My father Barry Amiel and his friend Norman Melburn were two ordinary men. The fact that there is a Trust in their names is a tribute to them and their combined one hundred years of political activity. It also befits the Trust’s prime objective of sharing a Marxian understanding of the world with ordinary men and women everywhere, as a prerequisite for changing it.
Both sons of Jewish shopkeepers in London’s East End, Barry and Norman were – like many thousands of others – brought to Marxism and communism by the extraordinary events of the 1930s and ’40s: the rise of fascism; its thwarting on the streets of London; its triumph in the Spanish Civil War; and its eventual overthrow worldwide in 1945. By the outbreak of the Second World War, both – still in their teens – were active in the anti-fascist movement, and their interest in learning about Marxism and sharing that learning with others continued throughout the war (to the point where Barry, as a ‘known agitator’, was denied promotion).
The two men, nodding acquaintances at school, became comrades and firm friends when they returned from the war and became active in the Communist Party, whilst pursuing their professional careers (Barry as a lawyer, Norman as a chartered surveyor). Their political education continued: on people’s doorsteps and at factory gates; in Communist Party meetings and classes; and through the many publications that poured out from political organisations of the day, the Left Book Club and so on. Although remaining loyal to their core beliefs and political affiliations, both Barry and Norman continued to read widely throughout their adult lives, questioning political orthodoxies and embracing new ideas, engaging enthusiastically with younger people of the left at events like the Communist University.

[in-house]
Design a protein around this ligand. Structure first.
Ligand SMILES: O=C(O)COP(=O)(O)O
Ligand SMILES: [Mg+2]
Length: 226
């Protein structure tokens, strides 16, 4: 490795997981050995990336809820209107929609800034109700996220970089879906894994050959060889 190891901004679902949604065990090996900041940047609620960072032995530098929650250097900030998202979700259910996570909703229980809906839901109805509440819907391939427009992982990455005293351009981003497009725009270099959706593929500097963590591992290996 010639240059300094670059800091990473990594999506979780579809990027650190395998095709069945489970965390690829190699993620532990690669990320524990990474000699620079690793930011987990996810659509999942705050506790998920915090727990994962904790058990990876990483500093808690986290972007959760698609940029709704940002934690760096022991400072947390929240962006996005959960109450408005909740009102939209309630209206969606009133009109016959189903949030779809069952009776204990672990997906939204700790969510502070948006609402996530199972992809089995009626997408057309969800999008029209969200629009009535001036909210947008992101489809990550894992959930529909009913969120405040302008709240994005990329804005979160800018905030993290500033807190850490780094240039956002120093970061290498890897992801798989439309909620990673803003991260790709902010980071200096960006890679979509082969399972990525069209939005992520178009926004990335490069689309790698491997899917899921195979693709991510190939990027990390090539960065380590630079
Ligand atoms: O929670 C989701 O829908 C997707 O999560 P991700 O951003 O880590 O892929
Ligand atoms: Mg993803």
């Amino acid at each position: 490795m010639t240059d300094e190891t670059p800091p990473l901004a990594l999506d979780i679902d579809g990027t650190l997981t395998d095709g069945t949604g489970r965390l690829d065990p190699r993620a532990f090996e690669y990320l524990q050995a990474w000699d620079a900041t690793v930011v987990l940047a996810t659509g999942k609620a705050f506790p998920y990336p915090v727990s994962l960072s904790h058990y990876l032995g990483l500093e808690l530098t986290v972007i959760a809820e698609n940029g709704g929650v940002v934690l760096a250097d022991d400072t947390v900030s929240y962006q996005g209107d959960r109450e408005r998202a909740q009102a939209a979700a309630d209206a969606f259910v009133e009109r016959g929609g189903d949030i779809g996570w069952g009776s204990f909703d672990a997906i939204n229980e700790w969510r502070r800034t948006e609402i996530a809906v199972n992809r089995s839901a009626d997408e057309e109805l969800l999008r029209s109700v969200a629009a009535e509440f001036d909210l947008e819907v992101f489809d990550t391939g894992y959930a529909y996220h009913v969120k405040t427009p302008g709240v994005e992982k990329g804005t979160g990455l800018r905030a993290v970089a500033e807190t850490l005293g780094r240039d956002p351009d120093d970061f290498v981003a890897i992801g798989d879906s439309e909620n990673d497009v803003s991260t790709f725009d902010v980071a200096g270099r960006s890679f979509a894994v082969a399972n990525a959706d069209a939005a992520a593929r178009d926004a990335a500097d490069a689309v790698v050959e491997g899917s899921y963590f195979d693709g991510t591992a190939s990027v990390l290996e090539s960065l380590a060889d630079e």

It was in this spirit that Norman conceived of the Trust in the late 1970s, initially intending with Barry’s legal help to create a bricks and mortar residential college. When Barry died prematurely in 1978, the work to create the Trust, now named for him, continued.
Of course this was before the World Wide Web had been thought of, and Norman himself died before the idea of his college as a virtual web-based one could become a reality. Now that it is, both men would have been thrilled that the ideas that were so important to them can now be shared and developed more widely than they could ever have dreamed.
Stephen Amiel, 2004